The MENA states definitely have varying capacities when it comes to how well positioned they are to meet the SDG’s. However, there are many obstacles that these countries face (some the same, some different) which makes it so that they cannot start to allocate the time and resources to trying to meet these goals, despite the impending “doom” of climate change. As was discussed by all the presentations, climate change is a huge problem (globally), but because the MENA states are situated in a particularly hot and water-scarce region, the effects will be exacerbated if these goals aren’t met soon.
One common theme that most (if not all) the countries had was conflict and instability. Notably, countries such as Libya, Yemen and Syria are all experiencing ongoing conflict – and in the case of Libya, that conflict has de-legitimized and taken down government structures that could, perhaps, solve the water and energy crisis that’s happening. The same is true with Syria still suffering from war. Additionally, problems with Islamic State provide lots of instability in the region as well. The destruction of infrastructure makes it very difficult for these countries to achieve any of the SDG goals, not just the water/energy ones, such as poverty reduction, education, etc. In addition to this, weak governance and weak institutional capacity make it so that these countries can’t actually get together infrastructures to pursue the SDG goals, or they can’t, for example, address problems such as human rights in the respective countries. Government corruption is another problem in some areas, versus the issue of legitimacy that can be found in others.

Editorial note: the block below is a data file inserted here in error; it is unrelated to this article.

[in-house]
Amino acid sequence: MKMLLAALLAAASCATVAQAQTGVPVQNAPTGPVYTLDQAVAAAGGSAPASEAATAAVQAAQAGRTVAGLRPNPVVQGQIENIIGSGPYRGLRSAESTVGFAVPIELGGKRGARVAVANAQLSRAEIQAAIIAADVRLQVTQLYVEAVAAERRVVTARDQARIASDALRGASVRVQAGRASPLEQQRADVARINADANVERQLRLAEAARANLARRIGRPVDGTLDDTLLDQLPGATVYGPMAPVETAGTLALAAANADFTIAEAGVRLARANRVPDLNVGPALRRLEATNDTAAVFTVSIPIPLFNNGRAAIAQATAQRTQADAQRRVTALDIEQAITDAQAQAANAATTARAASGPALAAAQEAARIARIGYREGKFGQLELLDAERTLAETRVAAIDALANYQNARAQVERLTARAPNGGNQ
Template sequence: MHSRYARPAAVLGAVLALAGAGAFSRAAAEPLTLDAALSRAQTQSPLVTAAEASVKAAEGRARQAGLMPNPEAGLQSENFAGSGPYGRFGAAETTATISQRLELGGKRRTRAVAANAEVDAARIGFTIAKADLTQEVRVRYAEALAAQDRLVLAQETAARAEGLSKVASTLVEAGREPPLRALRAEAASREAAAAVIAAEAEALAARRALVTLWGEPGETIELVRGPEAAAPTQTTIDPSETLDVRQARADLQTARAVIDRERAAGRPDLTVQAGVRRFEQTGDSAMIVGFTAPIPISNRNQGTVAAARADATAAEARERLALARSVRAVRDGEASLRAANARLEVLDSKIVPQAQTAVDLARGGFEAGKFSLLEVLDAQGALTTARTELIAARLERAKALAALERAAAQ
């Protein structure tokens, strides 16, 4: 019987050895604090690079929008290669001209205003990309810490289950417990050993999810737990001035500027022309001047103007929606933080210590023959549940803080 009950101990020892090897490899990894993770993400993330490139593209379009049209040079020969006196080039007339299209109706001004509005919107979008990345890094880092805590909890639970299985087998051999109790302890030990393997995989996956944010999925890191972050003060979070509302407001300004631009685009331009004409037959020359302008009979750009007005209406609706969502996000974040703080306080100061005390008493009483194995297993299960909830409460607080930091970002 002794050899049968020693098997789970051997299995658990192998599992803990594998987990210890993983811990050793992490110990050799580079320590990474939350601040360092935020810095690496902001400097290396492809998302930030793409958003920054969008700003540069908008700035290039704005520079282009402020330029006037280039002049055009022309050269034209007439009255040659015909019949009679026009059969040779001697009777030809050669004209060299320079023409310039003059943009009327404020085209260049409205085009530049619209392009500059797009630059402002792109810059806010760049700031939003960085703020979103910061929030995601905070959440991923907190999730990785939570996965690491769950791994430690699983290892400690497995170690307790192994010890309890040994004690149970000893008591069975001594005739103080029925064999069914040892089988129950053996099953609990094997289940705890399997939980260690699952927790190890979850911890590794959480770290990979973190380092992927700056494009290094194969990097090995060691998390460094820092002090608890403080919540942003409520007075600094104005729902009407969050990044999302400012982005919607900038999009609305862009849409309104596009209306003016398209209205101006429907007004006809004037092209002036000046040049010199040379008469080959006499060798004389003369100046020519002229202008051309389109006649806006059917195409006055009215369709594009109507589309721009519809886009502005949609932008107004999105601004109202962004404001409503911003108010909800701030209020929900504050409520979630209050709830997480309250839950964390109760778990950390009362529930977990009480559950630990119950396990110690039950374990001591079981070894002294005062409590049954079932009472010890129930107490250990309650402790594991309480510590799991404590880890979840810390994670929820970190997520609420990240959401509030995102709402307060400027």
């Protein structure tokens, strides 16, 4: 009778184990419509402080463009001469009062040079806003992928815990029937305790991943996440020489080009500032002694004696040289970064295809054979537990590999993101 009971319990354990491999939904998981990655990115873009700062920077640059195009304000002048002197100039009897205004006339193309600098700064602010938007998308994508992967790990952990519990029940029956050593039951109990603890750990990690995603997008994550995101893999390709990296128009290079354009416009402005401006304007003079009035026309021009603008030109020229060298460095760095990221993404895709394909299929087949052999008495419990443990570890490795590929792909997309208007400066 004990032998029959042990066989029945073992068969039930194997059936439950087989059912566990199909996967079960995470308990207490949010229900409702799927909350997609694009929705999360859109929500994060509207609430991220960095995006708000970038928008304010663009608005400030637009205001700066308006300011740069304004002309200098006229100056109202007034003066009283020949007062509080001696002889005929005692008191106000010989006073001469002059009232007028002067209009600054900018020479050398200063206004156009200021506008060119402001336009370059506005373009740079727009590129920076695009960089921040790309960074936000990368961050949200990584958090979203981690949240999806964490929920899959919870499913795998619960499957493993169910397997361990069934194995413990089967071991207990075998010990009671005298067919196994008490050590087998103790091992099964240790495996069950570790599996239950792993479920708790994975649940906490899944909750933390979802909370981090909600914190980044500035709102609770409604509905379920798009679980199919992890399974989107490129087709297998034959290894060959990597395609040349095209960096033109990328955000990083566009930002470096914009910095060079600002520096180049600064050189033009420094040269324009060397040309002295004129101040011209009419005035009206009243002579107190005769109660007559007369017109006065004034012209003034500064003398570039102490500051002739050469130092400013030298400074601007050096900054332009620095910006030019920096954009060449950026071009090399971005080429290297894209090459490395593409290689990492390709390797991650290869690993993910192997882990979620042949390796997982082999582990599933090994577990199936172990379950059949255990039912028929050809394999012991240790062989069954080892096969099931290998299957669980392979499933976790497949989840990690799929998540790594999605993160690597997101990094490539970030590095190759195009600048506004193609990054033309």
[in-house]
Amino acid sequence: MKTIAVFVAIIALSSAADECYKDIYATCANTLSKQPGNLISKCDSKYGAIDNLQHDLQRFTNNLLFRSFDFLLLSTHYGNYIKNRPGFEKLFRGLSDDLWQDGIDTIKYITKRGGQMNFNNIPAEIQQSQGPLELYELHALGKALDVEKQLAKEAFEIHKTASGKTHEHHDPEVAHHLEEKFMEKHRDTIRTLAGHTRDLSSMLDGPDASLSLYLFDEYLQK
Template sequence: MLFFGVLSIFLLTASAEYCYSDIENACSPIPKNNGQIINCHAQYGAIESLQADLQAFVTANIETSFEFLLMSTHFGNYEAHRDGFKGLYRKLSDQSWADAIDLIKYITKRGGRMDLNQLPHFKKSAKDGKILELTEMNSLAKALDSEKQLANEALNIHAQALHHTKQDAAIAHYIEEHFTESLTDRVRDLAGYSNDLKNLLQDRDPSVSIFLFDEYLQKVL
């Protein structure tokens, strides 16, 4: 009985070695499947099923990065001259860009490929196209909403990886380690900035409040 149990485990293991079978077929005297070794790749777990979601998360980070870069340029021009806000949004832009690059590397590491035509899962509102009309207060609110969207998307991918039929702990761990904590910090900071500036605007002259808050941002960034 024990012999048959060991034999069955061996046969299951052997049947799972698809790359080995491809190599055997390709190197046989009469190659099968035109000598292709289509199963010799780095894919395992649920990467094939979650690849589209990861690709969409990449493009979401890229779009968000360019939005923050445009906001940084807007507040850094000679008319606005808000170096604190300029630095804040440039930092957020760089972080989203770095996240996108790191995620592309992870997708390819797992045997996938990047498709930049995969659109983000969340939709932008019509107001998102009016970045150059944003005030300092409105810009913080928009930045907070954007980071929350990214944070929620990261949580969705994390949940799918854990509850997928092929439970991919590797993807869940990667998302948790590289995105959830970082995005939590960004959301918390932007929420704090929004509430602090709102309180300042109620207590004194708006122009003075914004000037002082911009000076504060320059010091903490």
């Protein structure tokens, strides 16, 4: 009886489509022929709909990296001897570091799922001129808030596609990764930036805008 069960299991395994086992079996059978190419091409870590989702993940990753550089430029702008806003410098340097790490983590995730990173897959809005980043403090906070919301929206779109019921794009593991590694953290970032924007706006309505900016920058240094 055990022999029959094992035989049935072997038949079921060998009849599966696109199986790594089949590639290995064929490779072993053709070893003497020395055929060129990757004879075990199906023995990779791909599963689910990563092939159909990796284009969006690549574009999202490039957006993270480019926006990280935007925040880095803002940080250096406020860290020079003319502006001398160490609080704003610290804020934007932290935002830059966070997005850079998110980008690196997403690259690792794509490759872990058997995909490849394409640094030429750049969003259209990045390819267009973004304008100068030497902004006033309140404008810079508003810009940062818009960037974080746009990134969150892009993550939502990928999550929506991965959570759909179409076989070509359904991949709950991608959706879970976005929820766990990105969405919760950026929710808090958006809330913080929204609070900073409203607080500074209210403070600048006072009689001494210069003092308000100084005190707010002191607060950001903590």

Additionally, many of the MENA countries have economic challenges because they are very dependent on oil exports. Because the global market is likely to fluctuate, high dependence on these particular exports can’t lead to a lot of economic growth (or job stability). This is required of many of the SDGs. Obviously, I’m making a lot of generalizations because the MENA region is quite diverse and so not all countries are struggling to the same capacity at the same things, but it is crucial to note the progress that the MENA country has made as compared to other regions in the world. For example, when it comes to clean energy, Western countries such as the United States have the capacity and infrastructure to explore and take advantage of methods of clean energy. Even though countries in the MENA region are very well situated to take advantage of solar power, for example, they can’t actually do this if they don’t have the infrastructure/money/resources/organizational capacity. Meanwhile, the United States can (and should) take advantage of the fact that we can achieve clean energy in many different ways because we have the resources to do so.
The same can be said for the other SDG’s as well – that some countries are just better situated to address these goals than others. The United States has blatant human rights abuses in many areas (police brutality, anti-abortion laws, etc.), however, we could redress these problems to some capacity (and many groups try to make efforts to do so). In a country like Syria which is in the middle of a civil war where the end isn’t necessarily in sight, of course human rights abuses are happening and they are not really in a position to be able to solve them. A lot of it also depends on the regimes in power (as, I guess, is true for the United States as well). The bottom line is many of the countries in the MENA region need some kind of international aid to start to address the goals. But, there are many institutional problems that make it so that even if they do have the money, how will they put it to good use?